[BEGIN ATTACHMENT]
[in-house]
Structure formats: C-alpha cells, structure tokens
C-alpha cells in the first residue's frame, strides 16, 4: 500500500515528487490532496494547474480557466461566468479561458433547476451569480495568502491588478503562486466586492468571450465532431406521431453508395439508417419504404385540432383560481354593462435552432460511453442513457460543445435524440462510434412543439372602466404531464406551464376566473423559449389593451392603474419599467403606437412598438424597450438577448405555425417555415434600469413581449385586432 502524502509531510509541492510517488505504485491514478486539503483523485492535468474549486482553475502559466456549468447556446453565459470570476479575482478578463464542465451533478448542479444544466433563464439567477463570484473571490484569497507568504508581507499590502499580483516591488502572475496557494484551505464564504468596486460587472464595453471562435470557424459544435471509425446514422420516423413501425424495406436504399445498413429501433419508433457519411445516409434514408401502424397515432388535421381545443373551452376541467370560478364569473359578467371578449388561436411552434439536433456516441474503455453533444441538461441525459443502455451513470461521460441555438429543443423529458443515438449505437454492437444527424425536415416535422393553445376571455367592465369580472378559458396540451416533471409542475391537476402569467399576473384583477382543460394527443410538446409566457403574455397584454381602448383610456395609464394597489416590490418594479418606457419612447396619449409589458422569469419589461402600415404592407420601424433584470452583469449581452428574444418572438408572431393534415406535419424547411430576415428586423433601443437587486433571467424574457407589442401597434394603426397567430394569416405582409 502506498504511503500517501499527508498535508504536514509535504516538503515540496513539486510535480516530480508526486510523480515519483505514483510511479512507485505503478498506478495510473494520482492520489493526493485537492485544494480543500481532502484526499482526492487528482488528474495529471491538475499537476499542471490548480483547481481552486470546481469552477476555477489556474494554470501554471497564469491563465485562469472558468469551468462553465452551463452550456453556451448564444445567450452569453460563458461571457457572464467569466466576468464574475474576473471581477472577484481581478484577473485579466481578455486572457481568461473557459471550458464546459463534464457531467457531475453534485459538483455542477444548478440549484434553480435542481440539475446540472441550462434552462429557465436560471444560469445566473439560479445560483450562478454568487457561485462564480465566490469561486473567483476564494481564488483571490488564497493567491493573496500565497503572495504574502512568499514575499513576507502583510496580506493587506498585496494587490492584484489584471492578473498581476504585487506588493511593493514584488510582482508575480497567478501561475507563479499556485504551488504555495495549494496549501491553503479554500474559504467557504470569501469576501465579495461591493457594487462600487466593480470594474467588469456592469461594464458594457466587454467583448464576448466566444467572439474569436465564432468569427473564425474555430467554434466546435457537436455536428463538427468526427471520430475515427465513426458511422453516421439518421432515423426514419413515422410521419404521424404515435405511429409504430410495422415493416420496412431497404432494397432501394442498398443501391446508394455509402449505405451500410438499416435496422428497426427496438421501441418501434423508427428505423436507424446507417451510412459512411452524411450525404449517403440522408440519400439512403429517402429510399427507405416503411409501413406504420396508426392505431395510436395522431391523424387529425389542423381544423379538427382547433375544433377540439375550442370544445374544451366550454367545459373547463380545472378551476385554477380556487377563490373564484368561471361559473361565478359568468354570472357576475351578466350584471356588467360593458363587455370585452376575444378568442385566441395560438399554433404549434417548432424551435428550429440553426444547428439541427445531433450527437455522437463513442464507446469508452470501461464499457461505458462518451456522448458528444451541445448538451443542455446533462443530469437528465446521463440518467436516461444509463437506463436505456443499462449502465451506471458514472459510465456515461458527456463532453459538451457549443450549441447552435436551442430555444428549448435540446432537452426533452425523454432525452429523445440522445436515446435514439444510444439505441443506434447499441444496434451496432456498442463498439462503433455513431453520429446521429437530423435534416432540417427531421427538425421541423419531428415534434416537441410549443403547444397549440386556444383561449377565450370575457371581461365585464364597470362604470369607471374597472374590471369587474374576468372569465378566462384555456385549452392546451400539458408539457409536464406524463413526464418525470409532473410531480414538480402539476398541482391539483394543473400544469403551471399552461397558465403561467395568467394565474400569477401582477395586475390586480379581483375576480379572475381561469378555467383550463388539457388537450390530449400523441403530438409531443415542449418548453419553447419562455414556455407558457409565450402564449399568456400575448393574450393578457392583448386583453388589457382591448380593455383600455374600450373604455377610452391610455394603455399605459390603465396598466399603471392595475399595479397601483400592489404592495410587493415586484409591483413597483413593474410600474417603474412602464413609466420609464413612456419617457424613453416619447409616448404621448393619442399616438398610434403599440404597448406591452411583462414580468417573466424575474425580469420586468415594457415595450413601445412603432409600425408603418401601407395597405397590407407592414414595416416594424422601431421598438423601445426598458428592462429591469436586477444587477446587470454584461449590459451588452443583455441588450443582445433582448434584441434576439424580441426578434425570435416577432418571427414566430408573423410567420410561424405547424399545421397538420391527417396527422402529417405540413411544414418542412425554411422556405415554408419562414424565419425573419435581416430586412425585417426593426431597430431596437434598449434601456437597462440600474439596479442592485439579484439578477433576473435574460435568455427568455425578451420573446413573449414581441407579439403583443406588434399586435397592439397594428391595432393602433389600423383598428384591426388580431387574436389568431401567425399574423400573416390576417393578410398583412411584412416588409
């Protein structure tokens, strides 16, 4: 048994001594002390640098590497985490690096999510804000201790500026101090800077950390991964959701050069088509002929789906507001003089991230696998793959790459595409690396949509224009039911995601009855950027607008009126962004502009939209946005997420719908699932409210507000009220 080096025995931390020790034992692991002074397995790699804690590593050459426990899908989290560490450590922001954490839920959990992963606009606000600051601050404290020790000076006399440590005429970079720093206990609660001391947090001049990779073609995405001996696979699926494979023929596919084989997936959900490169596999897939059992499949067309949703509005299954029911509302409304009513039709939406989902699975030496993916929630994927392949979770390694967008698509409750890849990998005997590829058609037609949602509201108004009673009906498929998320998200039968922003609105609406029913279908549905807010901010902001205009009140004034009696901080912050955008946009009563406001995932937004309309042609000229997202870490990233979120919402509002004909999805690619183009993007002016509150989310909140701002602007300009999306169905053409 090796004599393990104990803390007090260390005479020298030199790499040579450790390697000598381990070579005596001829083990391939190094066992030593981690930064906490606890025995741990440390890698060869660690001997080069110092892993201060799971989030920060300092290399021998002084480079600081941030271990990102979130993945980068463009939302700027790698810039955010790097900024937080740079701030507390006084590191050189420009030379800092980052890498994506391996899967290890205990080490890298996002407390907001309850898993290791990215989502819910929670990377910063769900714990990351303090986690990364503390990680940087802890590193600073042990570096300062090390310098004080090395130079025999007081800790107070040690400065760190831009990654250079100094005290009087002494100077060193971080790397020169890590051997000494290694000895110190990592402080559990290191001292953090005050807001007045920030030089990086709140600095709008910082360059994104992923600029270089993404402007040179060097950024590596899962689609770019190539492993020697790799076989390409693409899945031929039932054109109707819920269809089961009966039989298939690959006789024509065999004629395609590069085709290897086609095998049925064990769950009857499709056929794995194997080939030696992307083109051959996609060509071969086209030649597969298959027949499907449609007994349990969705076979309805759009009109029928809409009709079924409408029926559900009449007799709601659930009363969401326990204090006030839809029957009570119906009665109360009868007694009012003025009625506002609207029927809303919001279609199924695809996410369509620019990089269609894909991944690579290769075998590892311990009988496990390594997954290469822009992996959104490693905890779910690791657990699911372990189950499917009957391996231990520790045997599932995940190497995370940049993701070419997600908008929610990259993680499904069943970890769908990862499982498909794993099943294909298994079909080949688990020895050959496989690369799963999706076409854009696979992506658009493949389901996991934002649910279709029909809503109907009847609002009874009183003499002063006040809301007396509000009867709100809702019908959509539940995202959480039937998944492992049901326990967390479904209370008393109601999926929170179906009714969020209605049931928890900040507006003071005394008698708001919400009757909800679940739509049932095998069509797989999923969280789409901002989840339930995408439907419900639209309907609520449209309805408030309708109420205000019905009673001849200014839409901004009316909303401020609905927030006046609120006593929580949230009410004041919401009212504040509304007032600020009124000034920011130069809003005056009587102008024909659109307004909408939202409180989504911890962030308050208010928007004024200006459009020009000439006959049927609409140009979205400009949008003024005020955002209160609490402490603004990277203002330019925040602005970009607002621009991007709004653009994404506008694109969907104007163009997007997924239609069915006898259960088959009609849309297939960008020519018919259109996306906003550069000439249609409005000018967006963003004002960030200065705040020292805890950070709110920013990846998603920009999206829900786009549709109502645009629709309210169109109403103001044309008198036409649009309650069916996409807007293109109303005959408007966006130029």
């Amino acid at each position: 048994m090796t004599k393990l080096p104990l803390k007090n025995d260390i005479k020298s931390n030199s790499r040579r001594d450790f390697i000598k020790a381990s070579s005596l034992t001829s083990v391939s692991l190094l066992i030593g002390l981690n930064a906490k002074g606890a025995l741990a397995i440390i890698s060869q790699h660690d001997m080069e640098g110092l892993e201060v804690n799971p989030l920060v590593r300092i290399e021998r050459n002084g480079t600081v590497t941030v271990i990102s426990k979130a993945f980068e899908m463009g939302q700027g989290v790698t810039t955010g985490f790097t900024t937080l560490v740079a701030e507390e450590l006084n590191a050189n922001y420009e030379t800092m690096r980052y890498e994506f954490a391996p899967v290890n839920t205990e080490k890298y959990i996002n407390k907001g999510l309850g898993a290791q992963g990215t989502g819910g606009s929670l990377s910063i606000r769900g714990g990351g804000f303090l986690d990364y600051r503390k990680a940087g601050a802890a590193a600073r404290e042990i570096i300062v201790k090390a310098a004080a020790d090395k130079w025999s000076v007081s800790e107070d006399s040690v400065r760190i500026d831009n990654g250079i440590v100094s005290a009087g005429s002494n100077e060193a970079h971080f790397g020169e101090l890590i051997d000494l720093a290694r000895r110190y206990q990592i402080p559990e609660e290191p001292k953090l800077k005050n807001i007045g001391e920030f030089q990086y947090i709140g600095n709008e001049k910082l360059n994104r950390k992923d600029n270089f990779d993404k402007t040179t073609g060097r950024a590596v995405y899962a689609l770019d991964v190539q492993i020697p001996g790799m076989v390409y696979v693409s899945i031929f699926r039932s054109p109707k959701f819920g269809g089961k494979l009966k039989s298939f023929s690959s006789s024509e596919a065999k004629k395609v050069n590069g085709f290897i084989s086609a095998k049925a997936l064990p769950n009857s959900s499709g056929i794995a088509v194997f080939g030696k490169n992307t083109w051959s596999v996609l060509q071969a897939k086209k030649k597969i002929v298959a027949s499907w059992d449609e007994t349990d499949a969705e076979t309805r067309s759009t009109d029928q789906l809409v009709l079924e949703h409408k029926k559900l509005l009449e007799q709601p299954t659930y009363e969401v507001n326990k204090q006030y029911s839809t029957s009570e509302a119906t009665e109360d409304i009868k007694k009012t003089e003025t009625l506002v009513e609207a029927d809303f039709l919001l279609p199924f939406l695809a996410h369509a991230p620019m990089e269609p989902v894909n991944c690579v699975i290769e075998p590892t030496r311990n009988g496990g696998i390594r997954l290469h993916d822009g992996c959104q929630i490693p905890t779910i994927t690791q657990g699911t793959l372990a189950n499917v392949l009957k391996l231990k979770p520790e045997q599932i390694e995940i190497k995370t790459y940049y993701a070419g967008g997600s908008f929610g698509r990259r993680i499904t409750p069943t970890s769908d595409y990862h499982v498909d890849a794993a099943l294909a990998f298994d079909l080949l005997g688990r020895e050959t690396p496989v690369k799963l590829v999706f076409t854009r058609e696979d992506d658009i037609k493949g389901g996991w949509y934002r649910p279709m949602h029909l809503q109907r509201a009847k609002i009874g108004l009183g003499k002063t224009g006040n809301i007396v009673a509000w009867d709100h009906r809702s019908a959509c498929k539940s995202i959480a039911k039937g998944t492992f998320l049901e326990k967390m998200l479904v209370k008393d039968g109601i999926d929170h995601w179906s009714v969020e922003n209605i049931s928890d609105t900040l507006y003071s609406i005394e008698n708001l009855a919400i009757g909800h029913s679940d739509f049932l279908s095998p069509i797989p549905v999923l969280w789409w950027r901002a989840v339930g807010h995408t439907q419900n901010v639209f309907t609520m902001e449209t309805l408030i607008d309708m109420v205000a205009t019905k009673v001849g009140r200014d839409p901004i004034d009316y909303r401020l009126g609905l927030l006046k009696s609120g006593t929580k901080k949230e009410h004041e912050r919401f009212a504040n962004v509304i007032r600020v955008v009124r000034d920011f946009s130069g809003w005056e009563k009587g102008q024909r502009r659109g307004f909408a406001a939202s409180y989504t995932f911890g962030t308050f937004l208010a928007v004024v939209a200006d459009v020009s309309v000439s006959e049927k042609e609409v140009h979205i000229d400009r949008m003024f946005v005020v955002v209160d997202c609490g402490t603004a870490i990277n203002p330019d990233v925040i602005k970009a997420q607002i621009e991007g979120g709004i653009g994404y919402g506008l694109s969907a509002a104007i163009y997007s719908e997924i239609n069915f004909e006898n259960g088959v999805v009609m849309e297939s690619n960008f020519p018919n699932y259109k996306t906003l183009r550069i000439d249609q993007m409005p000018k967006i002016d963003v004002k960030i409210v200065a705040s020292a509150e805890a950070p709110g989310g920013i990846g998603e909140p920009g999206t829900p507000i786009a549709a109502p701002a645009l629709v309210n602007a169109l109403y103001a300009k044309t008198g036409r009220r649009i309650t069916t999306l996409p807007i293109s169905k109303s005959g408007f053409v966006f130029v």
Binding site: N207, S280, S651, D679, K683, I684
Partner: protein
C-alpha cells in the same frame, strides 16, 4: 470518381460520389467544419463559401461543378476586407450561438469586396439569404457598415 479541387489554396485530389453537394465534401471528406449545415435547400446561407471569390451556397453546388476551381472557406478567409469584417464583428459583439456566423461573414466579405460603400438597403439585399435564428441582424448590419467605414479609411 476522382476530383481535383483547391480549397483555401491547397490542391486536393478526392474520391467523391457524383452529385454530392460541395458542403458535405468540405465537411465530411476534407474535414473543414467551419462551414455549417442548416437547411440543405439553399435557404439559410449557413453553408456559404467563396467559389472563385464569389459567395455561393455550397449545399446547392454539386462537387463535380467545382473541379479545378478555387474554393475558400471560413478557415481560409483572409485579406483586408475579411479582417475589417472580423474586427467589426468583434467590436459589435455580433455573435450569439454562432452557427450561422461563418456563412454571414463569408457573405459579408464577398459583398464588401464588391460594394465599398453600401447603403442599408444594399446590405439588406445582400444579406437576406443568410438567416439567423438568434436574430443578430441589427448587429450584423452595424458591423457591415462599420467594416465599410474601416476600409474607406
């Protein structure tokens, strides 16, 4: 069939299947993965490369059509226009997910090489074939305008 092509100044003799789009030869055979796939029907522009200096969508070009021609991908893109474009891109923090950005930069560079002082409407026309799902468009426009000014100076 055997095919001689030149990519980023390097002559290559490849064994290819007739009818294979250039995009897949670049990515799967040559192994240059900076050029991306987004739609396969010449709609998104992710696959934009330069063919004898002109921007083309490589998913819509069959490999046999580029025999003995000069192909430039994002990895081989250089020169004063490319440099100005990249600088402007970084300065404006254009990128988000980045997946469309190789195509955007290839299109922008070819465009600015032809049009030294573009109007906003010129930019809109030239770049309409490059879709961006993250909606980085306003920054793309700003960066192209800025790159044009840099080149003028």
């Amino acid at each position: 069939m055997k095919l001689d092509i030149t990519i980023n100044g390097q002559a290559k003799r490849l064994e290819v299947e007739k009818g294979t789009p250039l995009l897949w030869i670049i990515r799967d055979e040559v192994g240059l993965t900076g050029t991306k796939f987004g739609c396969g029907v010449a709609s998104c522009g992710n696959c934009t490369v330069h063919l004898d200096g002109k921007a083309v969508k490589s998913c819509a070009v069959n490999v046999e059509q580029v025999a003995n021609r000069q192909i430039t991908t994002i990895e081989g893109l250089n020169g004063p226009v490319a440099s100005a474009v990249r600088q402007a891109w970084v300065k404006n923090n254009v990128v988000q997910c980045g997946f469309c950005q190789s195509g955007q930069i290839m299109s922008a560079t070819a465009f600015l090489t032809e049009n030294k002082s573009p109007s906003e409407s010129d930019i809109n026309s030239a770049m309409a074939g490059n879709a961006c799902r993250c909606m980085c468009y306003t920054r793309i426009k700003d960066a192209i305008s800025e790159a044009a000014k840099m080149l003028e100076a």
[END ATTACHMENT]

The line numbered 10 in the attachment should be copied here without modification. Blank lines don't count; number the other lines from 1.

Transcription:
């Amino acid at each position: 069939m055997k095919l001689d092509i030149t990519i980023n100044g390097q002559a290559k003799r490849l064994e290819v299947e007739k009818g294979t789009p250039l995009l897949w030869i670049i990515r799967d055979e040559v192994g240059l993965t900076g050029t991306k796939f987004g739609c396969g029907v010449a709609s998104c522009g992710n696959c934009t490369v330069h063919l004898d200096g002109k921007a083309v969508k490589s998913c819509a070009v069959n490999v046999e059509q580029v025999a003995n021609r000069q192909i430039t991908t994002i990895e081989g893109l250089n020169g004063p226009v490319a440099s100005a474009v990249r600088q402007a891109w970084v300065k404006n923090n254009v990128v988000q997910c980045g997946f469309c950005q190789s195509g955007q930069i290839m299109s922008a560079t070819a465009f600015l090489t032809e049009n030294k002082s573009p109007s906003e409407s010129d930019i809109n026309s030239a770049m309409a074939g490059n879709a961006c799902r993250c909606m980085c468009y306003t920054r793309i426009k700003d960066a192209i305008s800025e790159a044009a000014k840099m080149l003028e100076a």